The last of the Monkees, Micky Dolenz, has filed a lawsuit against the FBI to "obtain any records" the bureau has on the band, according to the Hill. The lawsuit states that Dolenz, 77, "exhausted all necessary required administrative remedies," having submitted a FOIA request back in June. By law, the agency had 20 days to respond to the request, but Dolenz hasn’t heard a peep. There is no question such a file exists, because heavily redacted portions were released in 2011, per Rolling Stone, including a report from an informant who claimed the band delivered "subliminal messages" constituting "left-wing intervention of a political nature" during its 1967 tour.
As Rolling Stone points out, the Monkees weren’t exactly known for controversial behavior, but they were among the most popular groups in America in the late ’60s. As such, they were subject to J. Edgar Hoover’s obsessive scrutiny over "counterculture." Dolenz is represented by Mark Zaid, a FOIA expert who represented the government whistleblower who opened the door for then-President Donald Trump’s 2019 impeachment. Zaid is also a lifelong Monkees fan who insists "it’s not just a fishing expedition … I mean, we’re still fishing, but we know there’s fish in the water." He says he has no idea what they’ll find in the file. "It could be almost nothing. But we’ll see soon enough," Zaid says.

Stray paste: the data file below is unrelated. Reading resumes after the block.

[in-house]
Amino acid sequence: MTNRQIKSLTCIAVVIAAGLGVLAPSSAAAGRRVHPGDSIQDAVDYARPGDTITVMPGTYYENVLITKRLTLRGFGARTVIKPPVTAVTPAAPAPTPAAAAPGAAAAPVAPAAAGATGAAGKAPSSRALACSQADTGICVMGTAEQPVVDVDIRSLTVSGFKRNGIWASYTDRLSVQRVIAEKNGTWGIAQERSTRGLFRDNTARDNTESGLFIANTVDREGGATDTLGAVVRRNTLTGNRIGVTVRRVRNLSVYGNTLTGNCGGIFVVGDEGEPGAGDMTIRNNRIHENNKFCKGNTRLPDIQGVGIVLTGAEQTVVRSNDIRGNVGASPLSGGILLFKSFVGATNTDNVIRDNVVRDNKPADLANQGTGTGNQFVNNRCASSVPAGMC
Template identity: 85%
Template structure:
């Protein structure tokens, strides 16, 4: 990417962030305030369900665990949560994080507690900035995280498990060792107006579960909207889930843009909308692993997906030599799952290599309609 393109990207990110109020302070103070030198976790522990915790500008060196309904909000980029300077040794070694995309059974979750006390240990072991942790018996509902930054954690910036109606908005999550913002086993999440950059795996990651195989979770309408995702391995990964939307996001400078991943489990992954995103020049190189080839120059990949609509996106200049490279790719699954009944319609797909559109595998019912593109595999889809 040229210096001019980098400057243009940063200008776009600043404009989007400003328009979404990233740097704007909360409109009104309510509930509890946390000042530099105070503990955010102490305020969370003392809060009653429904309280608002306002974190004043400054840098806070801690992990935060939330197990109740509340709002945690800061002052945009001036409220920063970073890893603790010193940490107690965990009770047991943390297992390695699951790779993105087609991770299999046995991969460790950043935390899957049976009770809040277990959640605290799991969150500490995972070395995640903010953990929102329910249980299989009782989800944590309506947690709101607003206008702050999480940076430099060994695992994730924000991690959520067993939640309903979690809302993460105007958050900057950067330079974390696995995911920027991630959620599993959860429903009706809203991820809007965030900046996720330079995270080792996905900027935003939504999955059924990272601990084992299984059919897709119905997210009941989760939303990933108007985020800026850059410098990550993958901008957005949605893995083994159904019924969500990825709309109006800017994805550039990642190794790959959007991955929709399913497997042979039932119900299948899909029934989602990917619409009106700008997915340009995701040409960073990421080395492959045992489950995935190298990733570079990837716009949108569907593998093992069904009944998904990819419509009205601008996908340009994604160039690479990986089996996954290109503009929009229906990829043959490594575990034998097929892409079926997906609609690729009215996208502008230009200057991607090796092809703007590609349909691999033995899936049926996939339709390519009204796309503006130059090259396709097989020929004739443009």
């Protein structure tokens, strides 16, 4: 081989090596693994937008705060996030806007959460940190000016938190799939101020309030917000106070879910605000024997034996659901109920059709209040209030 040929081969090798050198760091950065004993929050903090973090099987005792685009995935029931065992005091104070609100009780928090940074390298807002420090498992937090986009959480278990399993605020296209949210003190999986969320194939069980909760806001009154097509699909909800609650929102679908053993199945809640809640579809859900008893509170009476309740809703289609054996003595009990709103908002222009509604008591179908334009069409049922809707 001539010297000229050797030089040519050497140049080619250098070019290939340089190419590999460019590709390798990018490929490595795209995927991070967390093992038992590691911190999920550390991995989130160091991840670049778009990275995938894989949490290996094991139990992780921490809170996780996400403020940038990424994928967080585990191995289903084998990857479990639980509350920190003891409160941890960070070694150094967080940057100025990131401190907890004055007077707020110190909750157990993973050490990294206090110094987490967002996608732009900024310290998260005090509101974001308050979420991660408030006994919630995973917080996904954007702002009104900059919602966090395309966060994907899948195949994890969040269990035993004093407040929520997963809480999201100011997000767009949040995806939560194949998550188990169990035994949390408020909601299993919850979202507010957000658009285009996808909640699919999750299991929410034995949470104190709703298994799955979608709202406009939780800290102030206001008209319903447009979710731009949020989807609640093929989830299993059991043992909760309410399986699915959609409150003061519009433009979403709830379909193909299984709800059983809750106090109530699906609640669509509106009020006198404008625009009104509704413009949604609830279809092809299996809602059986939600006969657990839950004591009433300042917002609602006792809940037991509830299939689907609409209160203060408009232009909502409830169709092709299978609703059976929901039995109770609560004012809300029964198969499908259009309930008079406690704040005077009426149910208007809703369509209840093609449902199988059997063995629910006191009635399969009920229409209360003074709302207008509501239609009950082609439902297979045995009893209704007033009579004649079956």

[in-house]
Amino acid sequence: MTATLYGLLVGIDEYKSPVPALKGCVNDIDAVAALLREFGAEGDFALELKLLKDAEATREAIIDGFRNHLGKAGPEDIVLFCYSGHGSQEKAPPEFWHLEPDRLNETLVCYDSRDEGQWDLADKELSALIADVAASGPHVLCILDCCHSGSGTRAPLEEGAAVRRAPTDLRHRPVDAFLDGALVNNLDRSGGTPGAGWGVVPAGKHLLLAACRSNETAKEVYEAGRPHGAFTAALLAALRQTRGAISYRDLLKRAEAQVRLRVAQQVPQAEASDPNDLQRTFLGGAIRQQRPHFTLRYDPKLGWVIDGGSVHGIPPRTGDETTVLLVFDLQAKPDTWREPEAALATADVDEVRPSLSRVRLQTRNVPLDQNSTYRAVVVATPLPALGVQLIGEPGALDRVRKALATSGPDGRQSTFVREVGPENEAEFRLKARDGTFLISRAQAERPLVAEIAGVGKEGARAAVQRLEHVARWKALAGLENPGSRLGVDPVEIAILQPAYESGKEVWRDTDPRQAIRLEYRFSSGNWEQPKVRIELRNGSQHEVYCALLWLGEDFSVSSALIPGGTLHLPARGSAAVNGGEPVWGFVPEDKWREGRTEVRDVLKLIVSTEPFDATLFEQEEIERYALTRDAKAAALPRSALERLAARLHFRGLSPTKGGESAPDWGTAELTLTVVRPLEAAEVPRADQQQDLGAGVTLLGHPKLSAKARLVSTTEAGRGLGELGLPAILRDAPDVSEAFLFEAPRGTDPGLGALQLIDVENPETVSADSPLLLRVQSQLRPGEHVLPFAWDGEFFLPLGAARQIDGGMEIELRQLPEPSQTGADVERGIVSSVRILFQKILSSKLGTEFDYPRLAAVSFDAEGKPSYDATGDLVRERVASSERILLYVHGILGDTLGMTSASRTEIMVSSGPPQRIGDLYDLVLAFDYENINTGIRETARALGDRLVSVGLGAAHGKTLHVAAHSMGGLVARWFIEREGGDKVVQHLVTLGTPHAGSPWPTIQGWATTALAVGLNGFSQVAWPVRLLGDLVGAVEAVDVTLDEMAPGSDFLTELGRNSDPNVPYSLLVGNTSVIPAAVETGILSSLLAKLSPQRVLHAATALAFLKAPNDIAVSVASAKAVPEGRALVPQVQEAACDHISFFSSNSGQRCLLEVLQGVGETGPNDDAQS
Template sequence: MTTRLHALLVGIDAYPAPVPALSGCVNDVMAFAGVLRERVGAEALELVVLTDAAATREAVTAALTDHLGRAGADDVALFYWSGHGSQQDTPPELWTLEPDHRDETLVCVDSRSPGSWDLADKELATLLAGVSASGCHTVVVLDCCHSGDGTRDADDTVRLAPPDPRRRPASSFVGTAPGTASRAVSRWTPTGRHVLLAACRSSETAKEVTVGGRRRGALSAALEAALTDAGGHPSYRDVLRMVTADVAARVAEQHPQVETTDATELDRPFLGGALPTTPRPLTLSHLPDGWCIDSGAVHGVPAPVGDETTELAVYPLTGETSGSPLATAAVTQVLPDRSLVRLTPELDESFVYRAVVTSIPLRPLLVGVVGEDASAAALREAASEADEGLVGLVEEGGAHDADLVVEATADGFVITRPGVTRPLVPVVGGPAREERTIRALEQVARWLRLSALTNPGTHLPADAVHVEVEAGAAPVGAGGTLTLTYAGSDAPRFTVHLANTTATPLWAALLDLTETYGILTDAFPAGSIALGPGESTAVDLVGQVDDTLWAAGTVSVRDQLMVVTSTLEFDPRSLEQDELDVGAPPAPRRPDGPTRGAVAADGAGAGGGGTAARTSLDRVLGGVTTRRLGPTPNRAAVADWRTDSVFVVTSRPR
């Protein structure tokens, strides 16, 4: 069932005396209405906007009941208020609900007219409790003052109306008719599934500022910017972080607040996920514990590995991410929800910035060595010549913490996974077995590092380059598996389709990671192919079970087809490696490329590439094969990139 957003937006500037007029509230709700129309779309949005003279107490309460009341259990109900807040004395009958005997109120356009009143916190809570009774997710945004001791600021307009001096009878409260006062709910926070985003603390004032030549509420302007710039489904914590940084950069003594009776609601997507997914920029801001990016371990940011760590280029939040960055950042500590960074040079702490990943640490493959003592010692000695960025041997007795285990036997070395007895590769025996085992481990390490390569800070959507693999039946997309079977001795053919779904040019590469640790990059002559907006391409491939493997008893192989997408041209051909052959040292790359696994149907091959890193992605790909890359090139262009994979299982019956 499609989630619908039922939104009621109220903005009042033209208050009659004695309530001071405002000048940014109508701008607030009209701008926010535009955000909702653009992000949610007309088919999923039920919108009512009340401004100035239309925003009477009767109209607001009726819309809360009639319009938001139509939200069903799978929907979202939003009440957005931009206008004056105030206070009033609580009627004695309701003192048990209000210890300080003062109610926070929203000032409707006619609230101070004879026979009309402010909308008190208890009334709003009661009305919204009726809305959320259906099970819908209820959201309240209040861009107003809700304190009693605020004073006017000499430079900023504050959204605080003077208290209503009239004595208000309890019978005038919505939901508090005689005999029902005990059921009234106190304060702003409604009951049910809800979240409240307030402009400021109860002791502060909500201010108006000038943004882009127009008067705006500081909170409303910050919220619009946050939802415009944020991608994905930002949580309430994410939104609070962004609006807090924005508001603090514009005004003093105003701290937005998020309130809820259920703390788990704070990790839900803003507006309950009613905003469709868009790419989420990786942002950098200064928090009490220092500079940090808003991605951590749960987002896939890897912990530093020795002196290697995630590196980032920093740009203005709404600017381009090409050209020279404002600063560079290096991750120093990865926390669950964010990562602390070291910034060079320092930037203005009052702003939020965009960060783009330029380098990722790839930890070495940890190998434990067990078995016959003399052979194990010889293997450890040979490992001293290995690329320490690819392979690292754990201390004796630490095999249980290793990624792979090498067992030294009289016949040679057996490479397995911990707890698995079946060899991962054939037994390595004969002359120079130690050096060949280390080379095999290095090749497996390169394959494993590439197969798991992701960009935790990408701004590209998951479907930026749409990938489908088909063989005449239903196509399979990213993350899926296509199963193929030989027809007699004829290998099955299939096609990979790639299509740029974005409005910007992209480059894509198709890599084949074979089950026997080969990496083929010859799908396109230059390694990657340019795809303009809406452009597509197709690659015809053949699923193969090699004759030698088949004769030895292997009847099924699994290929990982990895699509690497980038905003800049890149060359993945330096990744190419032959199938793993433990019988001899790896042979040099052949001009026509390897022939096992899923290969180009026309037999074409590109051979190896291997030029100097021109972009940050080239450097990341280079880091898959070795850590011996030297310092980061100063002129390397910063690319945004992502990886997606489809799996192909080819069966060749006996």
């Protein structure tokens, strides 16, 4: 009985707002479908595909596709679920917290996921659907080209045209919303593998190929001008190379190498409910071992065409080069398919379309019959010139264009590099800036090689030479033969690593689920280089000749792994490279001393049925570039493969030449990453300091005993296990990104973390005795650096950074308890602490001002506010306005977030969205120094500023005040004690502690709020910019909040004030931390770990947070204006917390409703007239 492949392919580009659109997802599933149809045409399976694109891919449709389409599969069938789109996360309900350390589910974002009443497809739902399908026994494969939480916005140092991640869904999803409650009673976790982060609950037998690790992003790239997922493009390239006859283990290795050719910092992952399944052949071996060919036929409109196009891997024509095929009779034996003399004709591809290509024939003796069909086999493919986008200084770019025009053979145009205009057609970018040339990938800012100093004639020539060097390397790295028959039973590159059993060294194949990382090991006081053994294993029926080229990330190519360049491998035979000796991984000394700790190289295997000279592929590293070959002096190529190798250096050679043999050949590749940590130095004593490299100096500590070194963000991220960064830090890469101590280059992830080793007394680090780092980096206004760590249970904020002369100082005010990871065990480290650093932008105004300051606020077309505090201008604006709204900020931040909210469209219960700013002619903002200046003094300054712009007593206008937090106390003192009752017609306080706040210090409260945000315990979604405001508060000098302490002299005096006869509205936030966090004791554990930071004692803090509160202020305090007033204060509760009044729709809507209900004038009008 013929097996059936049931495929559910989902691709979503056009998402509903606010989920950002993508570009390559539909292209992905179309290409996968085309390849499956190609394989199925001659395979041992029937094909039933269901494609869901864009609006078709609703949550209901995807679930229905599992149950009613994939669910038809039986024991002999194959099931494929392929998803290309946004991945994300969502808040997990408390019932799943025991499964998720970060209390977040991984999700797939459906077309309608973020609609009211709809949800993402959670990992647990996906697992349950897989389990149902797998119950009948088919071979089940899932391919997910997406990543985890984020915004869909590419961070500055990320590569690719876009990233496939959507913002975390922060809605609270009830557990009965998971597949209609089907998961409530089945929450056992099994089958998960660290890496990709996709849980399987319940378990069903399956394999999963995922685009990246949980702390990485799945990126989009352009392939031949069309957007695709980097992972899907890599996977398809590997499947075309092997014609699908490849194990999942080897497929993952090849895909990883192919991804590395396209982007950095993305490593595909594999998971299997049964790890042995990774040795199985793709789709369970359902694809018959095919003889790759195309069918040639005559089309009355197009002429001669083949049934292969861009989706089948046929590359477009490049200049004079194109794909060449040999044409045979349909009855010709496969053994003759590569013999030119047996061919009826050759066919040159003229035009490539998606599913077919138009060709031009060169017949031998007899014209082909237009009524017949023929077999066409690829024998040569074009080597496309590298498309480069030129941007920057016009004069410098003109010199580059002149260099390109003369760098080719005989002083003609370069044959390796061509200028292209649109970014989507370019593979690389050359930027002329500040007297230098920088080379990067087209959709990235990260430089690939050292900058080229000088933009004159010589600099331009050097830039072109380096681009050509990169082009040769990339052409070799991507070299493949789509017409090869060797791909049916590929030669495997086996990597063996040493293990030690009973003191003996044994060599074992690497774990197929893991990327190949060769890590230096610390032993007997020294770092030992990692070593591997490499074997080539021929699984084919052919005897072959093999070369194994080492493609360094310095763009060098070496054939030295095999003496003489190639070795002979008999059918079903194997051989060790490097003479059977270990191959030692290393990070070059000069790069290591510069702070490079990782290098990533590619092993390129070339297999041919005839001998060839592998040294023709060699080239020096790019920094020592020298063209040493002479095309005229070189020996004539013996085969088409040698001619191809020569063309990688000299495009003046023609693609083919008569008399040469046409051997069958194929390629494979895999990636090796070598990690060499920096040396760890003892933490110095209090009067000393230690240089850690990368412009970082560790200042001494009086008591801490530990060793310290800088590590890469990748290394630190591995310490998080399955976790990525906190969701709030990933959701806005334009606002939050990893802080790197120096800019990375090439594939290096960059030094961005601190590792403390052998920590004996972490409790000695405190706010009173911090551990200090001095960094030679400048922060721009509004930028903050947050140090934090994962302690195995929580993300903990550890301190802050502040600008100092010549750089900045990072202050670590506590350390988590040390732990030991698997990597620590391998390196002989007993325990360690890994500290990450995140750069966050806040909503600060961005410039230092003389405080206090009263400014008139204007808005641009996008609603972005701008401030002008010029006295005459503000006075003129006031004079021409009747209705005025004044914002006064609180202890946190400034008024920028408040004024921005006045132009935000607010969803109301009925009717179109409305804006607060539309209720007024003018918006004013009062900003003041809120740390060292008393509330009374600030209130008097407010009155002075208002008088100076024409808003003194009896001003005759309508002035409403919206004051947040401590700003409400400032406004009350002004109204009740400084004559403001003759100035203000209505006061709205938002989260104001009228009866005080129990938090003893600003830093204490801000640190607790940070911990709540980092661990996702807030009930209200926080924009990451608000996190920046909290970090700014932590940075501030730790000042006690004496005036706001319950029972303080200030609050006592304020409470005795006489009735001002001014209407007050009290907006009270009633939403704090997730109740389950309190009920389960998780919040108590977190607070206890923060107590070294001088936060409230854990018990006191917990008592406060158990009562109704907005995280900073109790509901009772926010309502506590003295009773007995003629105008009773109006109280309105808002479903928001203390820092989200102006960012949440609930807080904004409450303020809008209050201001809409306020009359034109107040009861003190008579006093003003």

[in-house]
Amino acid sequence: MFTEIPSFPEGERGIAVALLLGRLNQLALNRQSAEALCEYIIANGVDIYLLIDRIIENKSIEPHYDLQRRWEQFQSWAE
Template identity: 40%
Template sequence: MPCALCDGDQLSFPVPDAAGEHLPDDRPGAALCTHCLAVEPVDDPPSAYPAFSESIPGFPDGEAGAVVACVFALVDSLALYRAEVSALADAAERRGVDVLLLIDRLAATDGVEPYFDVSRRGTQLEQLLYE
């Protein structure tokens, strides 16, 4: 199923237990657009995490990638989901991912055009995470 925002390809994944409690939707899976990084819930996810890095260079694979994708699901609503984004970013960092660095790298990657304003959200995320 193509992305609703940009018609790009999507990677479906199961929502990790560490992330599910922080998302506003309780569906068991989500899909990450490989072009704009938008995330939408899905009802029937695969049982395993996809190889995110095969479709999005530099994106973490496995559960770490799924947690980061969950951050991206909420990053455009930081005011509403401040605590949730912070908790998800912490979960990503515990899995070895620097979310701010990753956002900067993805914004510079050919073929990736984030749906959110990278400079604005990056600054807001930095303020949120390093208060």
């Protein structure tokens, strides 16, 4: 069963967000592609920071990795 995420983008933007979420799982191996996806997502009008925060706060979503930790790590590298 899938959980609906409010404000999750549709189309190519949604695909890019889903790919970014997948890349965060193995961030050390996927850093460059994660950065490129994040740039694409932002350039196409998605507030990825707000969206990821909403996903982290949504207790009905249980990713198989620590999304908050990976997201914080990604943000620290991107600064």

Dolenz continues to tour and sing the "can’t not do" songs like "I’m a Believer," per CBS News, which interviewed him earlier this month. He didn’t mention the FBI in that interview, but he did pay tribute to his bandmates, including Davy Jones—who died in 2012—and Michael Nesmith and Peter Tork, both of whom passed away more recently. Dolenz says he keeps their memory alive by playing clips from home movies on stage, and he still finds joy in performing the classic songs for devoted audiences. "We get old, but the songs don’t," he said. (Read more Monkees stories.)